# Inequality proof

## Homework Statement

Prove that if x and y are not both 0 then x2 + xy + y2 > 0

## The Attempt at a Solution

Proof. Let x and y be arbitrary real numbers. Suppose x and y are not both zero. We will consider three cases.
Case 1. x = y. Then x2 + xy + y2
= x2 + x2 + x2
= y2 + y2 + y2 = x2 + xy + y2 > 0 since the square of a real number is
always greater than or equal to zero and x= y $$\neq$$ 0.
Case 2. x > y. Then (x - y) > 0 and x3 - y3 > 0.
Therefore, x3 - y3 = x3 + 0 - y3
= x3 + (x2y - x2y + xy2 - xy2) - y3 = ( x - y)( x2 + xy + y2) > 0.
Dividing both sides by ( x - y) we get x2 + xy + y2 which is greater
than zero since x and y are not both zero.
Case 3. x < y. Then y - x > 0 and y3 - x3 > 0. Therefore,
y3 - x3 = y3 + 0 - x3
= y3 + ((x2y - x2y + xy2 - xy2) - x3 = (y - x)( x2 + xy + y2) > 0.
Dividing both sides by ( y - x) we get x2 + xy + y2 which is greater than zero since x and y are not both zero.

Truth?
I greatly appreciate anyone's help. I'm studying independently and don't have anyone to check my proofs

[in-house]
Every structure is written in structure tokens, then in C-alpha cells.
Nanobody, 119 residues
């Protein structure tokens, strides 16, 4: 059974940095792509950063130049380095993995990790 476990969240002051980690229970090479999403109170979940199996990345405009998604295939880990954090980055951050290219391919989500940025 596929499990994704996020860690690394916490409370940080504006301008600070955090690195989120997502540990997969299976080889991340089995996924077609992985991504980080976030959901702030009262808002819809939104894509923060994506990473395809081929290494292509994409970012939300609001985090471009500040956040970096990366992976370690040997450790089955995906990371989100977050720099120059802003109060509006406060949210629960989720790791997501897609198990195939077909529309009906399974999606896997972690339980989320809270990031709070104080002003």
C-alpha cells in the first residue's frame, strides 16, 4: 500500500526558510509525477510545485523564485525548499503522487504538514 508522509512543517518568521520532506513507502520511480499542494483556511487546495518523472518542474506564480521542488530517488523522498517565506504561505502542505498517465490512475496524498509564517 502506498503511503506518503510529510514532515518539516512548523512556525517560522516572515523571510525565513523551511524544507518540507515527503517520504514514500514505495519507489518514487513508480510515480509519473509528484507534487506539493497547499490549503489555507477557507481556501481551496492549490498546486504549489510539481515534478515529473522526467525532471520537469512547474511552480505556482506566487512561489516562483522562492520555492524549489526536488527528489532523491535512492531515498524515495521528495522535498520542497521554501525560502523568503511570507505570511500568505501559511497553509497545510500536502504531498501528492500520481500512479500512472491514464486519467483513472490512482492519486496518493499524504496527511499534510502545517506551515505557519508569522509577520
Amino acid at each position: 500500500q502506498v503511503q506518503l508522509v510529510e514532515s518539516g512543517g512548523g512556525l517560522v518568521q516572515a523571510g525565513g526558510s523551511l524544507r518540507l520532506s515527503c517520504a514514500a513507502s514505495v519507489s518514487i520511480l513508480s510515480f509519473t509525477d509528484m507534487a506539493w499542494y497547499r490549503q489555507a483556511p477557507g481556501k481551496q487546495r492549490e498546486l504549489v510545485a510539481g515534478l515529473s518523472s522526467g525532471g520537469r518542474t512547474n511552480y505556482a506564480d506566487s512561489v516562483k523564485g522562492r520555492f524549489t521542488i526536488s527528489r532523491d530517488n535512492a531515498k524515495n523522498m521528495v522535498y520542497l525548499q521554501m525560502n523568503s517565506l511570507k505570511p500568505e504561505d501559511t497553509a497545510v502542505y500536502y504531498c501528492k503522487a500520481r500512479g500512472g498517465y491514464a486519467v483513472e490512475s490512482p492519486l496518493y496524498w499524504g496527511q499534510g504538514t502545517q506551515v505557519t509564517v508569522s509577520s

## The Attempt at a Solution

Related Precalculus Mathematics Homework Help News on Phys.org
tiny-tim
Homework Helper
Hi nike5!
Prove that if x and y are not both 0 then x2 + xy + y2 > 0

## The Attempt at a Solution

Proof. Let x and y be arbitrary real numbers. Suppose x and y are not both zero. We will consider three cases …
eugh! :yuck:

you mustn't try to solve everything by the trichotomy law!

Hint: complete the square

ahhhh I feel like an idiot for not seeing that.

Proof. Let x and y be arbitrary real numbers. Suppose x and y do not both equal 0.
Then x2 + xy + y2 = (x2 + xy) + y2
= ( x + (y / 2))2 + (3y2) / 4. Therefore,
( x + (y / 2))2 $$\geq$$ 0 and (3y2) / 4 $$\geq$$ 0 since the square of any real number is positive. Under the closure property of addition,
( x + (y / 2))2 + (3y2) / 4 $$\geq$$ 0 and since x and y are not both zero we can conclude that ( x + (y / 2))2 + (3y2) / 4
= x2 + xy + y2 > 0.

tiny-tim